Tuesday, December 6, 2016

Here's the news - who cares if it is true?

Emma Jane Kirby (no relation) is a journalist with the BBC.  She filed this article called "The City Getting Rich from False News" about a small Macedonian city which has been found to be a rich source of communications that are being called "false news".  

Macedonia is a country just north of Greece.  The Kirby article agrees with other reports on motivation for false news claims that I have heard about before.  The whole business seems to be related to what was called "yellow journalism", a practice that I was taught was noticed in the US during the time of the Spanish American war of 1898.  You can look "yellow journalism" up in Google or Bing.

It is the "purposely making wild exaggerations and sensational claims" for the purpose of increasing sales, then of newspapers but today, mouse clicks on web pages.  If I agree to advertise your flower shop on my web pages, I may charge you for advertising based on the number of clicks on the pages bearing the wild stories and ads for your store.  If I reveal that I am an alien life form or that I am the love child of Grandma Moses and Bugs Bunny, if I have enough imagination and nerve, I may concoct a story that entices you and many, many others to see what I have to say.  You may be happy with the number of people who have seen your flower shop coupon and I will be happy with the money I get from you and others.

The BBC reporter says the Macedonian teens are not the only members of Twitter and other digital media using tactics that have been earning them multiples of the average income in their town.  She quotes the authors of the 'false news' items as saying," Americans loved our stories!  Who cares if they are true?"

We generally say that writing fiction is different from announcing my alien heritage as fact and alleging that I have documentation to support my extra-planetary origin claim.  Lies, false speech, libel and slander are old practices going back at least to Old Testament days.  We are again called upon to use investigation and validation and confirmation and common sense to sort what we want to believe from what we don't.

Monday, December 5, 2016

Nagging, puzzling questions

Today, we saw Jeremy, star of the Sunday comic Zits, twisting and turning, drumming and daydreaming.  He was in some sort of stew, some kind of agony.  Finally, he turns to his mother and says,"I need you to nag me into action."  You can probably see for yourself here:


But if you are late a day or two, the strip I am referring to is Dec.4, 2016.

Today, Lynn spent a good bit of time talking to relatives and shopping online in an effort to find just the right table for a family that wants a table for Christmas.  They already have a table but they need a puzzle table.  Some years back, Lynn wanted and received a 6 ft by 2.5 ft. sturdy business/conference type table.  Why?  To use as a puzzle table.  What's a puzzle table?  A table that works well, fits where it is desired to fit and allows a fan of jigsaw puzzles to leave pieces of say, a 1500 piece puzzle sitting out on the table, to be fitted together to make the picture shown on the box.  It can take weeks, at a rate of an hour a day, to assemble all those pieces so the table needs to fit somewhere in the house where it will be convenient but not in the way.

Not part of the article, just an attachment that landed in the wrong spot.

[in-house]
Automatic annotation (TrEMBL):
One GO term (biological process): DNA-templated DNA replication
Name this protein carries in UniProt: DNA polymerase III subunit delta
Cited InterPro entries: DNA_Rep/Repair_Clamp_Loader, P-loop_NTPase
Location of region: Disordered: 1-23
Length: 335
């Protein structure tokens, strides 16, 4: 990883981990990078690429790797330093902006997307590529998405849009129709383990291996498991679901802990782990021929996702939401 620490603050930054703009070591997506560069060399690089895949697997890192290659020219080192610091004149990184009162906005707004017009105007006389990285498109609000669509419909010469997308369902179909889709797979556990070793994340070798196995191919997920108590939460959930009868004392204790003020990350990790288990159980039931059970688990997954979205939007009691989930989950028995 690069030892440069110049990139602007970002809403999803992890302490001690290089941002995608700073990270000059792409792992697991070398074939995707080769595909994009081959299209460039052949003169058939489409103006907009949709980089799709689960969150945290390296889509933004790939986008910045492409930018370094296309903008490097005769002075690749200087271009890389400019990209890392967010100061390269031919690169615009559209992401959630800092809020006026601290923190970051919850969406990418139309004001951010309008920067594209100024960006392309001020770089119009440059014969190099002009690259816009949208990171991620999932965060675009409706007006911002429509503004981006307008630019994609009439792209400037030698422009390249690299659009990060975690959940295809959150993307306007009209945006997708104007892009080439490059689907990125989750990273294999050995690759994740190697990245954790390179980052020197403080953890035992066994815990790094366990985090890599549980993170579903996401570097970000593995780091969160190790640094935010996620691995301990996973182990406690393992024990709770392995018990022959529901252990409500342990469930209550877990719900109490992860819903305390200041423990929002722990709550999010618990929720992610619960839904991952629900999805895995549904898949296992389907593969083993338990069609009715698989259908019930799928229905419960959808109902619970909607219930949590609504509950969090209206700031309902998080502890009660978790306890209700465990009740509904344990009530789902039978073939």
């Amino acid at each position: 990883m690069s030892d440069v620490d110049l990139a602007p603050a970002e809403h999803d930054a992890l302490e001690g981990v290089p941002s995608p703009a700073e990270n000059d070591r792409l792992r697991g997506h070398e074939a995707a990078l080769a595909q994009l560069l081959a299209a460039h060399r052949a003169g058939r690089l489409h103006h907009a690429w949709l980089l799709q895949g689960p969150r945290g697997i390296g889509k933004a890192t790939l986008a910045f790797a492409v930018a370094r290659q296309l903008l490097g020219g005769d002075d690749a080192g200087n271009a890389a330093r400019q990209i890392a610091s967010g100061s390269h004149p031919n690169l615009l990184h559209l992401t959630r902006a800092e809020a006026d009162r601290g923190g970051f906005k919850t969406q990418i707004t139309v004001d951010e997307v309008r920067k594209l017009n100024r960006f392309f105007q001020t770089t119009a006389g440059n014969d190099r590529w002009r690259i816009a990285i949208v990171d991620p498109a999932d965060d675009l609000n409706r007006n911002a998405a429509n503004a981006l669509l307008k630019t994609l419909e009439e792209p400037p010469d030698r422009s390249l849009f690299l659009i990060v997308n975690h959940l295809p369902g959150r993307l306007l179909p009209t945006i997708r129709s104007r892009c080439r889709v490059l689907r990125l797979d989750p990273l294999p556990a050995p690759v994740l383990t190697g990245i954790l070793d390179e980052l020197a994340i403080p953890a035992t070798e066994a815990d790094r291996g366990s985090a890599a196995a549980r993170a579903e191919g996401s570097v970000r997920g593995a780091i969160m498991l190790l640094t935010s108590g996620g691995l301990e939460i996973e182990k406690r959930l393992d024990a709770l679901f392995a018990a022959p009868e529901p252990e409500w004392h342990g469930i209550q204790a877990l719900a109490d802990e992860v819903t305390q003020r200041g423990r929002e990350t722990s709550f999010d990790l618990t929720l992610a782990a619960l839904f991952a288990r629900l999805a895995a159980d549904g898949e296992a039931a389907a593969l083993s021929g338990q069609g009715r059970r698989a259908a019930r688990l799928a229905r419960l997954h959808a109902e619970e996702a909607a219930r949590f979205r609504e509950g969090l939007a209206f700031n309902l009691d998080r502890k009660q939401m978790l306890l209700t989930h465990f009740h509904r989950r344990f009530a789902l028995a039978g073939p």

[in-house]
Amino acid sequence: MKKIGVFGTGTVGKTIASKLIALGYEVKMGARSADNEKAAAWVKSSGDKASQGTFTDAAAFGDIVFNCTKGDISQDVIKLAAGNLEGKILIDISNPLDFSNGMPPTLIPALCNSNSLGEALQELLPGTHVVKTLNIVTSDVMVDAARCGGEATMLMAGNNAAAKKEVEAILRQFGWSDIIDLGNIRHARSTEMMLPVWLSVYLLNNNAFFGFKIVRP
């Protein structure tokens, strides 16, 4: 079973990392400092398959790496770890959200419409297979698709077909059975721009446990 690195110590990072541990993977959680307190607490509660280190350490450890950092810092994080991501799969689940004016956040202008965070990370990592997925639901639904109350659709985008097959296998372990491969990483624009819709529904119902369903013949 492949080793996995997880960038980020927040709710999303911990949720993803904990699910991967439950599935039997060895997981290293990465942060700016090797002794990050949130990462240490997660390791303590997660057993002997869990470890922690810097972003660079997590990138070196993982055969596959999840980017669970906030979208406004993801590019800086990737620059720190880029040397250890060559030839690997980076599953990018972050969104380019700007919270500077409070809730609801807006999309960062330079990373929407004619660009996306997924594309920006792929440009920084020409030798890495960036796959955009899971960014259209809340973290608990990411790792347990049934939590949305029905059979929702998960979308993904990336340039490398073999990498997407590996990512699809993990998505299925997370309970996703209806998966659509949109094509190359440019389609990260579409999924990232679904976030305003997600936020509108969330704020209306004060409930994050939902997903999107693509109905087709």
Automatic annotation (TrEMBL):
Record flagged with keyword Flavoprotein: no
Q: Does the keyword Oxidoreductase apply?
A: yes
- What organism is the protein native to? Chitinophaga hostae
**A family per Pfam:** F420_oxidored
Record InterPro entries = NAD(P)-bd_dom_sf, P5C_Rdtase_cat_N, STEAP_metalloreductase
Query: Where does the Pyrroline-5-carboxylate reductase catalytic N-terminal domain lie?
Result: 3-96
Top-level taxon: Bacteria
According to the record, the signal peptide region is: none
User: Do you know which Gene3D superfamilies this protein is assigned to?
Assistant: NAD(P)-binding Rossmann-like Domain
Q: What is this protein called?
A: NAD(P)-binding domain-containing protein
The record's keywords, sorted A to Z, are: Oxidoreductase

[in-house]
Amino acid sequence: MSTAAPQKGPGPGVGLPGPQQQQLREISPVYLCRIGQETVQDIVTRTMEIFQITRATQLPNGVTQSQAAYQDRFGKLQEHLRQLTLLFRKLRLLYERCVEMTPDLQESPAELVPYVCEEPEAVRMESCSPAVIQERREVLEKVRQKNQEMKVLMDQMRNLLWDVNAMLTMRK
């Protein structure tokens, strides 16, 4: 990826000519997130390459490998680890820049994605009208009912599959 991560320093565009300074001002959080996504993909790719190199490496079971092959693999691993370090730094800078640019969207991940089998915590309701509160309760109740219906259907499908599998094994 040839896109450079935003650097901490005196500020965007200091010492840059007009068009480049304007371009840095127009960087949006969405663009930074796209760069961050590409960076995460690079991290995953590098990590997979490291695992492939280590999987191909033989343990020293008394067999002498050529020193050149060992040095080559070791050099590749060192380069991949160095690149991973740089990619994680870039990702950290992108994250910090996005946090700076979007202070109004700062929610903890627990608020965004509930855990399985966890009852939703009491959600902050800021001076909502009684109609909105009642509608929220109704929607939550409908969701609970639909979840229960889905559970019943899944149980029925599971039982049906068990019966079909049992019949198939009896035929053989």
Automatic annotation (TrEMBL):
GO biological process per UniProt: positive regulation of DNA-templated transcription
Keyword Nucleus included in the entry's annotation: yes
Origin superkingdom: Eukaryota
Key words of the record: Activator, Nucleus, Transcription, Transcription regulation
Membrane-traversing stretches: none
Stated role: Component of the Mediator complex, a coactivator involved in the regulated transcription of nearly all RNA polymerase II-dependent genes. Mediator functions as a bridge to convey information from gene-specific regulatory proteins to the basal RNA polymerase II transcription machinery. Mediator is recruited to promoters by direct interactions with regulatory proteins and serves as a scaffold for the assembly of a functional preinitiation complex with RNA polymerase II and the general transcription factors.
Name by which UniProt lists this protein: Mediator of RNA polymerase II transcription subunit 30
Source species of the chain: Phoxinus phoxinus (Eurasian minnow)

I have gotten interested in human evolution.  I realize that wars and harems and pogroms and genocides effect who mates with whom and what sorts of babies are produced and how long they live and how well.  But I have been warned that what can seem irrelevant or miniscule can be important without looking or seeming important at the time.

So, here is what I want to know: how much has human history, human achievement been affected by nagging?  In the long run, has nagging been a more powerful force than, say, warfare or slavery?  Do other animals nag?  When did nagging first arrive?  Who are the most effective naggers: wives, husbands or teens?

I also want to know how much human evolution has been affected by puzzles, especially jigsaw puzzles laid out for the family community to assemble in odds and ends of time.  If you choose a representative set of 100 families and give 50 of them nice puzzle tables, will we find greater cohesion, better team work, more love in the table owners?  I may start a Kickstarter project for funds to back research on these important questions.